Monday, September 24, 2012
I grew up on a farm, land owned by my family since the 1840s, in Sugar Creek township, Walworth county, Wisconsin. The nearest community, perhaps a mile away, was Millard, formerly known as Barkers Corners, but renamed for Millard Fillmore in the 1850s. In its heyday, the place had a general store, a feed mill, a church, a school, a cheese factory/town hall, a couple taverns, and a couple blacksmith shops. People socialized, had box lunches, ice cream socials, went to dances, played cards and had bowling and softball teams. People expected Millard to become a city, once the railroad came through. My great great grandfather, an immigrant from Ontario, who had about a thousand acres of land in wheat production and a couple of mills, had high hopes for rail coming through, but died disappointed that the trains took another route, bypassing the hamlet. Through generations sons sold off their acres, until my dad had 120 acres and a dairy operation when I lived at home. After he died most of that land was sold, and now my brother lives on a couple acres, all that remains.
When I was small the general store was run by Ed and Vera Bray, nice people. Vera gave my very first bag of corn chips, a special treat. In the 1950s the store no longer was a post office, but people stopped there all the time for gas from the single pump, groceries, or other sundries like school supplies, comic books, small toys, kitchen utensils, or even blue jeans. I got into big trouble once when I was about ten when I rode my bicycle to the store because I wanted an frozen orange, but I neglected to let my parents know where I was headed.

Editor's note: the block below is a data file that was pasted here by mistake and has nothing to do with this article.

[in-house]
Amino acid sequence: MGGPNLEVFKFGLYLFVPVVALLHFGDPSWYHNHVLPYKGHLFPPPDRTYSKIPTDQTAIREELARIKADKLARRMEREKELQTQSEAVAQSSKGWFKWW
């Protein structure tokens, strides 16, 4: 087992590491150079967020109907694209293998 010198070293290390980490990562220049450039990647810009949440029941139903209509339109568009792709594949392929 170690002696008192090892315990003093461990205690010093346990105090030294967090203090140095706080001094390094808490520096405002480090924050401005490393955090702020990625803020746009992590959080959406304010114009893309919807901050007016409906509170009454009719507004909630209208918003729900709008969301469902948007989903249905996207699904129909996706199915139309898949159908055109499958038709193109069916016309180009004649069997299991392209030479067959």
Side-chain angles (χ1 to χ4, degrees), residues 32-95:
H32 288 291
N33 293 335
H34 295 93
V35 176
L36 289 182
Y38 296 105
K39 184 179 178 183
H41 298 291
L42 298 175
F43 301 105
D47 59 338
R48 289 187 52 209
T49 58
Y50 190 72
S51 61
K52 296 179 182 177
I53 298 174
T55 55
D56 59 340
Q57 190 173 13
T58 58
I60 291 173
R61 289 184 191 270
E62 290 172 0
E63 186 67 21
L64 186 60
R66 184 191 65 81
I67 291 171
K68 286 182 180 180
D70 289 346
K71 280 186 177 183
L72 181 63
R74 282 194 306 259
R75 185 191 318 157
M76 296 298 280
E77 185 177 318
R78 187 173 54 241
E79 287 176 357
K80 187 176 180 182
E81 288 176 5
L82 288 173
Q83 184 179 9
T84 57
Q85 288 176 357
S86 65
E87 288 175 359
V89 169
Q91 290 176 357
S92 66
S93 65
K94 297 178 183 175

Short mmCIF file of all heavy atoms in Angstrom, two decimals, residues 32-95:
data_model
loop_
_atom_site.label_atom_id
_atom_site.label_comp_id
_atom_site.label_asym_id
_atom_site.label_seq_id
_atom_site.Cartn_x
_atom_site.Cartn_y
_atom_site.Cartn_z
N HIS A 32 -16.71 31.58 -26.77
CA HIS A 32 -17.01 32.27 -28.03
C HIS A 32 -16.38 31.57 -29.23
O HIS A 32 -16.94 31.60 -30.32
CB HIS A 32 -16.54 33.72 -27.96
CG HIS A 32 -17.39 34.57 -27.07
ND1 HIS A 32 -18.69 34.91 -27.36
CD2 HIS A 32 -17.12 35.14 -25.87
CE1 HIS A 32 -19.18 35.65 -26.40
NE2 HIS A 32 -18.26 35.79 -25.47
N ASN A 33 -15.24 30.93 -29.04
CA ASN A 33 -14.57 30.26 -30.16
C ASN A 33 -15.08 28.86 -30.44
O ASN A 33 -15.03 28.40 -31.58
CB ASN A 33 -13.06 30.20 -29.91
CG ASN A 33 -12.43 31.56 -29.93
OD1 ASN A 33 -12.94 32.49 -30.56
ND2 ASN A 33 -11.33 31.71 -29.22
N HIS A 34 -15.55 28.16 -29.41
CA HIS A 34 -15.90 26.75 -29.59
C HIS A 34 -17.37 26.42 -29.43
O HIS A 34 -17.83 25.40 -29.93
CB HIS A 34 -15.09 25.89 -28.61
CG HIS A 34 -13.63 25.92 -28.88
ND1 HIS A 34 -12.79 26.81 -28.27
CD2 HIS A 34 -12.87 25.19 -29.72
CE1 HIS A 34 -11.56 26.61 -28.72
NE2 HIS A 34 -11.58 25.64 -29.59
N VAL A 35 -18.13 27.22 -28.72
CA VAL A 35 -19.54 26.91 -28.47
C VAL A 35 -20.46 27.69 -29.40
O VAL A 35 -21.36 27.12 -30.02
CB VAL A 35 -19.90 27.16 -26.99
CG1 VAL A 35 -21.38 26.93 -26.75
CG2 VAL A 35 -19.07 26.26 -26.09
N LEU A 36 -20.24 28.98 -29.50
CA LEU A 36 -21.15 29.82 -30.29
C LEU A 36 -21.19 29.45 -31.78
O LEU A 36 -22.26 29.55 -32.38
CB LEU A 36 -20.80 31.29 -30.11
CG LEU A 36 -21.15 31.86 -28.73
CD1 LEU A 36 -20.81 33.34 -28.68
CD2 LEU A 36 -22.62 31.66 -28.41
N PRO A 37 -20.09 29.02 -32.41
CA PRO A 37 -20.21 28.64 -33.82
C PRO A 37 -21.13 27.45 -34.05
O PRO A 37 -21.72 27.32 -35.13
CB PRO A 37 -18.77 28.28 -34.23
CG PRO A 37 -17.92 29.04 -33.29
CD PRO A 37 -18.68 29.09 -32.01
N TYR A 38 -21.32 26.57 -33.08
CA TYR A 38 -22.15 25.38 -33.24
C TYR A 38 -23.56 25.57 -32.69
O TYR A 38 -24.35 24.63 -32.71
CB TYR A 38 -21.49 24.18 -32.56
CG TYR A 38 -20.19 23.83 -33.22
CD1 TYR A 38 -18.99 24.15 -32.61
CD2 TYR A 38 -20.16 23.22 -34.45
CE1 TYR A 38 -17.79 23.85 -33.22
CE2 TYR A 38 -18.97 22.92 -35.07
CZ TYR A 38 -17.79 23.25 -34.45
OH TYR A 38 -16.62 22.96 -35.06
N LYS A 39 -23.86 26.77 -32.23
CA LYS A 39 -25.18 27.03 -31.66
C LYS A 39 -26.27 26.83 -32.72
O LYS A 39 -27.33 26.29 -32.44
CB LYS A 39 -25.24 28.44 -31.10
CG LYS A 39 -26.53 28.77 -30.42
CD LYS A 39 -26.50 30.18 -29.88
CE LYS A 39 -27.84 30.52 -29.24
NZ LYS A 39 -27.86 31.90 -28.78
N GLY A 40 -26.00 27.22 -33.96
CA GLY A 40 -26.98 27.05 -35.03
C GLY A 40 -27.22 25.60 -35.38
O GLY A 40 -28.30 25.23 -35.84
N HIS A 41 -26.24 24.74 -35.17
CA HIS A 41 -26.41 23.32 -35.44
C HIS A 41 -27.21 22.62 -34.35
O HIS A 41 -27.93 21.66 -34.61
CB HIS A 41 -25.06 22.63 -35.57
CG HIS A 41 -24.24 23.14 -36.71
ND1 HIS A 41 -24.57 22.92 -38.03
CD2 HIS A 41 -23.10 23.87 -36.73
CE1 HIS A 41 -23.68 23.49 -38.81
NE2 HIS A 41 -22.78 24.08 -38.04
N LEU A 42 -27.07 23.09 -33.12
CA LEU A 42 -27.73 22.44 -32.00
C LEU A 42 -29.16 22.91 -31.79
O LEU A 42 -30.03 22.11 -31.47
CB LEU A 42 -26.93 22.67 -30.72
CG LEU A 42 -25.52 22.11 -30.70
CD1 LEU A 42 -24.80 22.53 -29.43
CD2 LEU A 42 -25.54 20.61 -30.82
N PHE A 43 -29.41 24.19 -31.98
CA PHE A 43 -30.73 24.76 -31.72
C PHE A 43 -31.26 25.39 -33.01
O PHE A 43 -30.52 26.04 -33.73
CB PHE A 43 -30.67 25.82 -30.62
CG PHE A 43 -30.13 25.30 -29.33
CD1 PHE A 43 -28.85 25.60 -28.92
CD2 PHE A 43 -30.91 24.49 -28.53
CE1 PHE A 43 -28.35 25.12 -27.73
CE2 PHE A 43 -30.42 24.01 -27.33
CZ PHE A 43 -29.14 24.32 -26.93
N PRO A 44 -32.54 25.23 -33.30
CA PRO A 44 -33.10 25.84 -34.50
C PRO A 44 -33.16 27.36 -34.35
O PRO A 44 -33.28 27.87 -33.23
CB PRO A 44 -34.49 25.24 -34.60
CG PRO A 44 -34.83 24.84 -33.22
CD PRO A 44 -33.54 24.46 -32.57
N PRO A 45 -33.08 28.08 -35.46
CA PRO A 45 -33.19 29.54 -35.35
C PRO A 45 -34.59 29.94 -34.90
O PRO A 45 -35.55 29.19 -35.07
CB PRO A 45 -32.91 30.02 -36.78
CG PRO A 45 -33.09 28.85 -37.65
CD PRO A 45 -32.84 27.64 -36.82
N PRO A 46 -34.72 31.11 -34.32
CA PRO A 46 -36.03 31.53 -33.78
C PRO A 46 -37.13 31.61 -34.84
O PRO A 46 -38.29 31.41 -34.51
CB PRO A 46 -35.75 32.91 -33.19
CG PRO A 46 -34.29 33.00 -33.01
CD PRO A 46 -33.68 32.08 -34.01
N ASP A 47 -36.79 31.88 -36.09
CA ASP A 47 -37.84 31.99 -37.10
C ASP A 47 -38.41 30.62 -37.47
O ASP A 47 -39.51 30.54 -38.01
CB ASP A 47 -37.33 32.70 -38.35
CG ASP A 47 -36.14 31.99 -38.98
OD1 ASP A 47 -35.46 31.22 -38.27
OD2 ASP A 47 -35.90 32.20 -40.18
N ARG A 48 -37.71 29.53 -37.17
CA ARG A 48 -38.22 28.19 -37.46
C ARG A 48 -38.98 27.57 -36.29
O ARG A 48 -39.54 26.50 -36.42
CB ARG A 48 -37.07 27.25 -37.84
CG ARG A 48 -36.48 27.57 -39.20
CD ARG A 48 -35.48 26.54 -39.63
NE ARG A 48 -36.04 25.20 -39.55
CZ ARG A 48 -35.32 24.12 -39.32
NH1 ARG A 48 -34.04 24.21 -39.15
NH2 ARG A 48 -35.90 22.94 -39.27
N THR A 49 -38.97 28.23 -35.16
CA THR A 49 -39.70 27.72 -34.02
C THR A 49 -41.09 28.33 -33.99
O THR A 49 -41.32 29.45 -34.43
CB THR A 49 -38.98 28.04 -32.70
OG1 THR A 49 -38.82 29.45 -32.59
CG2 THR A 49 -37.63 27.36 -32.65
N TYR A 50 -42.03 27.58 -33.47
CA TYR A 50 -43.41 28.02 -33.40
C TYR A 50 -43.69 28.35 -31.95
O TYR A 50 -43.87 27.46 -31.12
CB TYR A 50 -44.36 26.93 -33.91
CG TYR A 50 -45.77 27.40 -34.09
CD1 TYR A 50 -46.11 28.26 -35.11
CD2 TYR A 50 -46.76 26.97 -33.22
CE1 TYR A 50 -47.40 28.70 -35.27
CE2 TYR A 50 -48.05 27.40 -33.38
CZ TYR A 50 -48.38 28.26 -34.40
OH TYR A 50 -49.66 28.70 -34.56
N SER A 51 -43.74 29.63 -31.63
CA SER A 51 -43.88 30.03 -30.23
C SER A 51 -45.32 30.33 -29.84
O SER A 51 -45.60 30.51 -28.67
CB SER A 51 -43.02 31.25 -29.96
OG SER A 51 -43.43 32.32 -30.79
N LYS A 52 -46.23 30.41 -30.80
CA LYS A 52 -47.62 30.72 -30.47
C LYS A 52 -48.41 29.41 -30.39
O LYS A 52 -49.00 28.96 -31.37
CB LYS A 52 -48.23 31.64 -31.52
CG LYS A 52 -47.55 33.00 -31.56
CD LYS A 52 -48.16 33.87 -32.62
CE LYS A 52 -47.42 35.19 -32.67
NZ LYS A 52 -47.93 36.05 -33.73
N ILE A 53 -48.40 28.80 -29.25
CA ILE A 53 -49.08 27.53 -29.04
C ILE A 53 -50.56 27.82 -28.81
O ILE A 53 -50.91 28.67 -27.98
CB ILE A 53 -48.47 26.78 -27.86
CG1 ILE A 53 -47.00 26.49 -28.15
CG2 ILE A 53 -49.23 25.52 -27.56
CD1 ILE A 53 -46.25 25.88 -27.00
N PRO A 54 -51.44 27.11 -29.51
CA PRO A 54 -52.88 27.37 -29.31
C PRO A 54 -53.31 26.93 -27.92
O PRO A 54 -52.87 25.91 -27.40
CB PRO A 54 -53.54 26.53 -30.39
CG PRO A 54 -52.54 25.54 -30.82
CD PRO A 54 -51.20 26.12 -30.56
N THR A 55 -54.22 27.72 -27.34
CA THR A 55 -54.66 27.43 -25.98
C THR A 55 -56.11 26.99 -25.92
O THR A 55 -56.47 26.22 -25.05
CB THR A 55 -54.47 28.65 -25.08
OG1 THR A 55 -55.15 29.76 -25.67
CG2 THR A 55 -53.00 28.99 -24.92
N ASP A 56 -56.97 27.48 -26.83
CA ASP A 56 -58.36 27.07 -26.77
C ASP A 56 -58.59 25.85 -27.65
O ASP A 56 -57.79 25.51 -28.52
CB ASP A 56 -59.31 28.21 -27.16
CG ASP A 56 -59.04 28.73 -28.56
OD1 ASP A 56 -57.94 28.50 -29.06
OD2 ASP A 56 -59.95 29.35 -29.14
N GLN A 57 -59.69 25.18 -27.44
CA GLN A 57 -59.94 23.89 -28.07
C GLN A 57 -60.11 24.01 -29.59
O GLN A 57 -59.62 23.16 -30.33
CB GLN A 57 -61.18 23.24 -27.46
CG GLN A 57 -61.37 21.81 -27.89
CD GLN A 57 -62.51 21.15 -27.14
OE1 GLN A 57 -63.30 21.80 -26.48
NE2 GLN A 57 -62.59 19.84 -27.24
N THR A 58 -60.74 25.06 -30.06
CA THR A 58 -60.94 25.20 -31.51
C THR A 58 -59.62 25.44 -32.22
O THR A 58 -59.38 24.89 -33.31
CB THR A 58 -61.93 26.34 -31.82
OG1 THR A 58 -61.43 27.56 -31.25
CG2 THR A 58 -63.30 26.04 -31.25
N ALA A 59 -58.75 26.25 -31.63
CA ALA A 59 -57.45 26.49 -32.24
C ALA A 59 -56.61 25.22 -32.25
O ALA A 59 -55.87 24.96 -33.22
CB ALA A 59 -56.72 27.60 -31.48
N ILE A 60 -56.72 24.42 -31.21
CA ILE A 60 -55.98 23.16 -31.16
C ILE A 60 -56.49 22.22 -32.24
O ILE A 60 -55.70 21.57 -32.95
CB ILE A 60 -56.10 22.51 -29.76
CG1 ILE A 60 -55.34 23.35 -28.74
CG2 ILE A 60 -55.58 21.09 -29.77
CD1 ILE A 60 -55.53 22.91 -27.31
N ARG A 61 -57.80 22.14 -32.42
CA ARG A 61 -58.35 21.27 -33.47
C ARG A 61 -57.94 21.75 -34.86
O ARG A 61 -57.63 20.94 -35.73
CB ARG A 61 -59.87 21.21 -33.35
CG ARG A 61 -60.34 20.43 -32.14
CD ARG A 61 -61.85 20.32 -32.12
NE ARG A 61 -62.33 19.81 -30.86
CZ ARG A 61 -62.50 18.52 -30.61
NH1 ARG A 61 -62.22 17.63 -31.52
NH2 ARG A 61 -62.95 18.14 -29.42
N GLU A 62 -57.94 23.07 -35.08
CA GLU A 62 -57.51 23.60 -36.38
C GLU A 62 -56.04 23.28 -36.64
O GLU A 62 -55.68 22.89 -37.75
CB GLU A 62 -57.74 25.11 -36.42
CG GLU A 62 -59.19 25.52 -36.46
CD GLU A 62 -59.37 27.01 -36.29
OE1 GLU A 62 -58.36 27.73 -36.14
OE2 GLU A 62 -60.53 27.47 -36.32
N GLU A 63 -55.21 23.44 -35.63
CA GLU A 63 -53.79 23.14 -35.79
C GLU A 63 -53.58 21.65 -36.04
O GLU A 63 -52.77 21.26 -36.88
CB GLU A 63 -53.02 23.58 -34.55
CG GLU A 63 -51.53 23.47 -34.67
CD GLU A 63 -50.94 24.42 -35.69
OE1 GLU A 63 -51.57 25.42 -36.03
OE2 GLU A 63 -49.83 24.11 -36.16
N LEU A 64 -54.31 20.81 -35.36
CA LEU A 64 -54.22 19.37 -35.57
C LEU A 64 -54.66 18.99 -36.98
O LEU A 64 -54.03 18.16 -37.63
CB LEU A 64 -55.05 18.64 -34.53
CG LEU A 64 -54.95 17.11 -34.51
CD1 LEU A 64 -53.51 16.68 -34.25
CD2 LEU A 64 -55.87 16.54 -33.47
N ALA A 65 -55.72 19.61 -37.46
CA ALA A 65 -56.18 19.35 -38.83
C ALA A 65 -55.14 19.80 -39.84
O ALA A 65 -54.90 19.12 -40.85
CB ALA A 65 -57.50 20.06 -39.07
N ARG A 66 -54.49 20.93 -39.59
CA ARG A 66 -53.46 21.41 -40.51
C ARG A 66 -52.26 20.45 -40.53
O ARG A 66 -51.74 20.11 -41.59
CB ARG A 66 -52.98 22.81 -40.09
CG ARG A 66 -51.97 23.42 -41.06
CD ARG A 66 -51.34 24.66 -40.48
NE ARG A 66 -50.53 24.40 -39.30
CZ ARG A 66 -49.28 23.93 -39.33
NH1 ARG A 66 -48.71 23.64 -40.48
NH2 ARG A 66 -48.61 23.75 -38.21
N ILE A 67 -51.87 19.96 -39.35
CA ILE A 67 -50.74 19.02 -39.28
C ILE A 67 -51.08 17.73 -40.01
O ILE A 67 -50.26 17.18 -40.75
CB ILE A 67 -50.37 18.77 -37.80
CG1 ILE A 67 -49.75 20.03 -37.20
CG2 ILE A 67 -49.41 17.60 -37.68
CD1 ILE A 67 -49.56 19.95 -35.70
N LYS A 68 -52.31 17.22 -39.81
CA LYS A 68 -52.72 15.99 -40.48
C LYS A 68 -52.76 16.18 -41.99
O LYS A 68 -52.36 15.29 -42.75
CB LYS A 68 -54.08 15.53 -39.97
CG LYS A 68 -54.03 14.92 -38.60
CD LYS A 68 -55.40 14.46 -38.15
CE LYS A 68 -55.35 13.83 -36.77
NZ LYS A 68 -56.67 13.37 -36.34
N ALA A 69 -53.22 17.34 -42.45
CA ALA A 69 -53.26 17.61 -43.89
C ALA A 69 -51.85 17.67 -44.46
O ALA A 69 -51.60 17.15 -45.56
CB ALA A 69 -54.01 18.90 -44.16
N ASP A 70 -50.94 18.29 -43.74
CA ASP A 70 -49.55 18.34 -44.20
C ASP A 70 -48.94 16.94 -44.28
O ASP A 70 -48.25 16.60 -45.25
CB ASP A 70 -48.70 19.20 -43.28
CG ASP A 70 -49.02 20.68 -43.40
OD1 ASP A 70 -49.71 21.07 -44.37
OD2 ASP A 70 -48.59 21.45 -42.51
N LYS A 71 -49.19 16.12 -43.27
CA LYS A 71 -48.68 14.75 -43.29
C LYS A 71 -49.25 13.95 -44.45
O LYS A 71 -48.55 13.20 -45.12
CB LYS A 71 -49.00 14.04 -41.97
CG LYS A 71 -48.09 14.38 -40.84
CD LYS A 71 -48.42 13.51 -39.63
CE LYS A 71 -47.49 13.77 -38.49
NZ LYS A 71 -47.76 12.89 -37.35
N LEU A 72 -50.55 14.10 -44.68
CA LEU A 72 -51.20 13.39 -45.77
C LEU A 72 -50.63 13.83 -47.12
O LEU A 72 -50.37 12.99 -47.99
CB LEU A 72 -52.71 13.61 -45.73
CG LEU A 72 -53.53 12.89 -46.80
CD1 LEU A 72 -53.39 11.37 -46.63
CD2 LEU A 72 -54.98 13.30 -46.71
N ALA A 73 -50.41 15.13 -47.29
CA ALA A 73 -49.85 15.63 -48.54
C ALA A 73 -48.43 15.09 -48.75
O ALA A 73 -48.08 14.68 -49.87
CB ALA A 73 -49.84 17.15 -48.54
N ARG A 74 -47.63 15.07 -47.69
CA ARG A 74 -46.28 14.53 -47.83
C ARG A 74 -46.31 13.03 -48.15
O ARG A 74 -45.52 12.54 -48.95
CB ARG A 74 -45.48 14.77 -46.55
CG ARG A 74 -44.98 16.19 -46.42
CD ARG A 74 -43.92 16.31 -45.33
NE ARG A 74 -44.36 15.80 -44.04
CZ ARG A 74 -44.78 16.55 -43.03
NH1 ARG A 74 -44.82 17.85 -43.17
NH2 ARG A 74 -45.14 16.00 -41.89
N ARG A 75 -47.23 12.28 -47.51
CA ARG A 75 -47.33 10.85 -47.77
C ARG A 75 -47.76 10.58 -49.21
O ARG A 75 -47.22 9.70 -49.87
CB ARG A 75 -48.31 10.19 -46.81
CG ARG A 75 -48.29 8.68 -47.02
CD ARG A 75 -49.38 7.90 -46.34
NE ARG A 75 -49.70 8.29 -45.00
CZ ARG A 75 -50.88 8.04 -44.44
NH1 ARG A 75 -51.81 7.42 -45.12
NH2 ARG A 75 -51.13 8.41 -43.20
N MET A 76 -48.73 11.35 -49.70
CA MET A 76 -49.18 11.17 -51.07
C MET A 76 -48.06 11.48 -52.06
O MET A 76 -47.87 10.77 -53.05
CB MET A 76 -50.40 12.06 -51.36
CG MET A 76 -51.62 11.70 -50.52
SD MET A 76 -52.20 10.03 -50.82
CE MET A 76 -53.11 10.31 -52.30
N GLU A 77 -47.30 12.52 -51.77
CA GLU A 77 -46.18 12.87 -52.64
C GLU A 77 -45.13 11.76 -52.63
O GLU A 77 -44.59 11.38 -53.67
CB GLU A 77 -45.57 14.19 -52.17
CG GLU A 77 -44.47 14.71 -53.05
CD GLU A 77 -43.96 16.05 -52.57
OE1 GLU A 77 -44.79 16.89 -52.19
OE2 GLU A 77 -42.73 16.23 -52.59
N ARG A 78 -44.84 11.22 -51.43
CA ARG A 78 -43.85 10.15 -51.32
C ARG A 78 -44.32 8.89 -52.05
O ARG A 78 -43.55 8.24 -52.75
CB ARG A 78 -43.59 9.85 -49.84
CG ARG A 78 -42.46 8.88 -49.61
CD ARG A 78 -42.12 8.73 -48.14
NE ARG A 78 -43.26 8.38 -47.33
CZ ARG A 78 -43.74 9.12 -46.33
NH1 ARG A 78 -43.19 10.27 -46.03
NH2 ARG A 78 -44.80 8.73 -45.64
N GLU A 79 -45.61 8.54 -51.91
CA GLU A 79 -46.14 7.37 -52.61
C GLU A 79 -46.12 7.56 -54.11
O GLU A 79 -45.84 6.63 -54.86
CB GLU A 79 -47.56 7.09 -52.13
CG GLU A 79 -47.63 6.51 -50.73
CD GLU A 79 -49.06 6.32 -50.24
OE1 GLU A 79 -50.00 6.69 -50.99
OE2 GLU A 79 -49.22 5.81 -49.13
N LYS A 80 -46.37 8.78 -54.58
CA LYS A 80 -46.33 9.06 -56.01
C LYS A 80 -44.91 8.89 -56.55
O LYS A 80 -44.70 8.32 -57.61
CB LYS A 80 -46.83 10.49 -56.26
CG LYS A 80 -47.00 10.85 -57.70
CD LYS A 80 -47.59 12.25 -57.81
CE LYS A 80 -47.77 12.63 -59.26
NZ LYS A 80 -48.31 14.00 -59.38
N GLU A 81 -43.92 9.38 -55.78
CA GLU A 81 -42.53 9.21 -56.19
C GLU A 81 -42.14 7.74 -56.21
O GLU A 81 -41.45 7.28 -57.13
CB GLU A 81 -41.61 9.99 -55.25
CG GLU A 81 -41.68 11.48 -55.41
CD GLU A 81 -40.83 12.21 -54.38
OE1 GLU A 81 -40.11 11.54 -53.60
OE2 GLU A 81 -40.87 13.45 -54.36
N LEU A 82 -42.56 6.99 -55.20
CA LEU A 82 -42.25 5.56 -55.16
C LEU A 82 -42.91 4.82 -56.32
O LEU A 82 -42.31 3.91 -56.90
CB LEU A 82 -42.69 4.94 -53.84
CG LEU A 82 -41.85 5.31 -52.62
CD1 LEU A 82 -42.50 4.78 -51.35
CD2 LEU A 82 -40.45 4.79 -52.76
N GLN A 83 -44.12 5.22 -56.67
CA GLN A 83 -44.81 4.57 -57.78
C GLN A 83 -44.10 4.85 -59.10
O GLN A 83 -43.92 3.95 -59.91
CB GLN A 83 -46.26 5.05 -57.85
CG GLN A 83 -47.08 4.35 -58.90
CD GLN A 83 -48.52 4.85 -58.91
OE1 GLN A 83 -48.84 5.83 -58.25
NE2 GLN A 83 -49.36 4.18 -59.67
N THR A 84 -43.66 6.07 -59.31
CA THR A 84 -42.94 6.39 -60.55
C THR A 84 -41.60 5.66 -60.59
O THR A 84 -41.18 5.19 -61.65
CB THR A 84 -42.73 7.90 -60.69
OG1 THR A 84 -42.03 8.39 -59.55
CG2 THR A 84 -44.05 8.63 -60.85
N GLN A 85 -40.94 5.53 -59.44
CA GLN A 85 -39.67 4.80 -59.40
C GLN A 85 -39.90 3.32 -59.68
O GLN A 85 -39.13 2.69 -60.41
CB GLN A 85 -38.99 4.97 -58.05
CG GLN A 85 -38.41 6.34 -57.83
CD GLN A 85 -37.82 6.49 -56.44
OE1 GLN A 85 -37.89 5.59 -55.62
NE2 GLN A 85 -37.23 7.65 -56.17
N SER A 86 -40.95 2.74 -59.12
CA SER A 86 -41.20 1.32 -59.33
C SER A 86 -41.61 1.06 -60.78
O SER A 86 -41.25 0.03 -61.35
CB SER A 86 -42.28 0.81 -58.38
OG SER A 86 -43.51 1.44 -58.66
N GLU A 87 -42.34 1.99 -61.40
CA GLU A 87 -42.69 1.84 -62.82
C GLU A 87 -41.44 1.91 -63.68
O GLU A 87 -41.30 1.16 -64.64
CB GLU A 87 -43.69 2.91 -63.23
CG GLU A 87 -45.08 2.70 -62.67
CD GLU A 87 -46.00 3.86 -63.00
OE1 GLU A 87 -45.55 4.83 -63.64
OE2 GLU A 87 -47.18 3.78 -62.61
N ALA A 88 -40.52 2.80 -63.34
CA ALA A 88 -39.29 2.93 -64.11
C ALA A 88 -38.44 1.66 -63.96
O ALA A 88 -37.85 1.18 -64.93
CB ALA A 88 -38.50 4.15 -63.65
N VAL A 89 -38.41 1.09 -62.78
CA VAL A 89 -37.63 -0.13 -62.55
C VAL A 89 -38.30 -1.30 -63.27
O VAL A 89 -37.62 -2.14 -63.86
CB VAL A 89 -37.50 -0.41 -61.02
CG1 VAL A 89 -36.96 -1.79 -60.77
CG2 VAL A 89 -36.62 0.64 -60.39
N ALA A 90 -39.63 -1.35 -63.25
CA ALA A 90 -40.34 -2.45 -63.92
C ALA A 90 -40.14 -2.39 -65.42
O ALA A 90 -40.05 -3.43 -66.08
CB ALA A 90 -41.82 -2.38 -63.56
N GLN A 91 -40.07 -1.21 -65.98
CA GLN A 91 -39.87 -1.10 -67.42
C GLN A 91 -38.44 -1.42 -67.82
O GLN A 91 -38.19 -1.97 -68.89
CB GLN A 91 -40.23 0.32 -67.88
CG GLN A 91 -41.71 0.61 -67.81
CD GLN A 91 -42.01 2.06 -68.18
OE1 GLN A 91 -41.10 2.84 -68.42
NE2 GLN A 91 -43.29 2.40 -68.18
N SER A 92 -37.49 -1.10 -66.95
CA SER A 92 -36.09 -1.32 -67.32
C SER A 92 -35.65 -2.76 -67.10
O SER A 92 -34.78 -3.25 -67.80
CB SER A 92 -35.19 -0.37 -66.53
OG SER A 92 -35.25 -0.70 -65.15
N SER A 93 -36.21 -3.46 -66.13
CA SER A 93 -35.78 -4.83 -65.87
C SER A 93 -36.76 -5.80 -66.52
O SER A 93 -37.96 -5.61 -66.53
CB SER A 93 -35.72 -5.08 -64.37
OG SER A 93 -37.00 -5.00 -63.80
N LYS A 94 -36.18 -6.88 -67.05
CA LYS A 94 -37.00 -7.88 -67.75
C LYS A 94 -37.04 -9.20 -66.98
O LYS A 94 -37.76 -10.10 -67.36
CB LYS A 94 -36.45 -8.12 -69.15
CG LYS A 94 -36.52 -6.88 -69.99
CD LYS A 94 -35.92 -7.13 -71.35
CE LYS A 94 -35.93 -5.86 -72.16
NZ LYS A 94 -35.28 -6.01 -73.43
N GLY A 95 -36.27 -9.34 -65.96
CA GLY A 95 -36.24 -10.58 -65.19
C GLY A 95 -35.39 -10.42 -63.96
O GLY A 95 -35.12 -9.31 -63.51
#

Today there are no blacksmith shops, though there is a little machine shop. The old feed mill burned in 1959, and was rebuilt down the road. The elementary school closed when rural schools consolidated in the late 1950s, and is now a private home. The general store is a taxidermy shop, and little museum of dinosaur bones. A hand lettered sign on the door says it is open weekends from 10 a.m. until 5, but I've stopped twice and never found open. Some of the houses have burned down, or been torn down, and others are for sale. The church is doing fine - I recently stopped by for the funeral of the organist who had been there when I sang in the church choir in high school. She had been playing church music for 80 years. I wanted to pay my respects, and I couldn't resist the luncheon the church ladies put on afterward.
My family, great grandparents, grandparents, great aunts and uncles, parents, sister all all buried in the little cemetery, and I have walked the rows of stones since I was a toddler, since my mother always cleaned and decorated family graves. Since she is gone, I visit at least twice a year, to set out silk flowers in the spring, and later in fall to pick them up again. It's a quiet place, a little overgrown, surrounded by farm fields. This year I was inspired to go a step further that just tending my family lots.. I decided to make sure that all the burials, especially the oldest ones, are posted on the internet (Find a Grave.Com) for people who are interested in local history and family genealogy.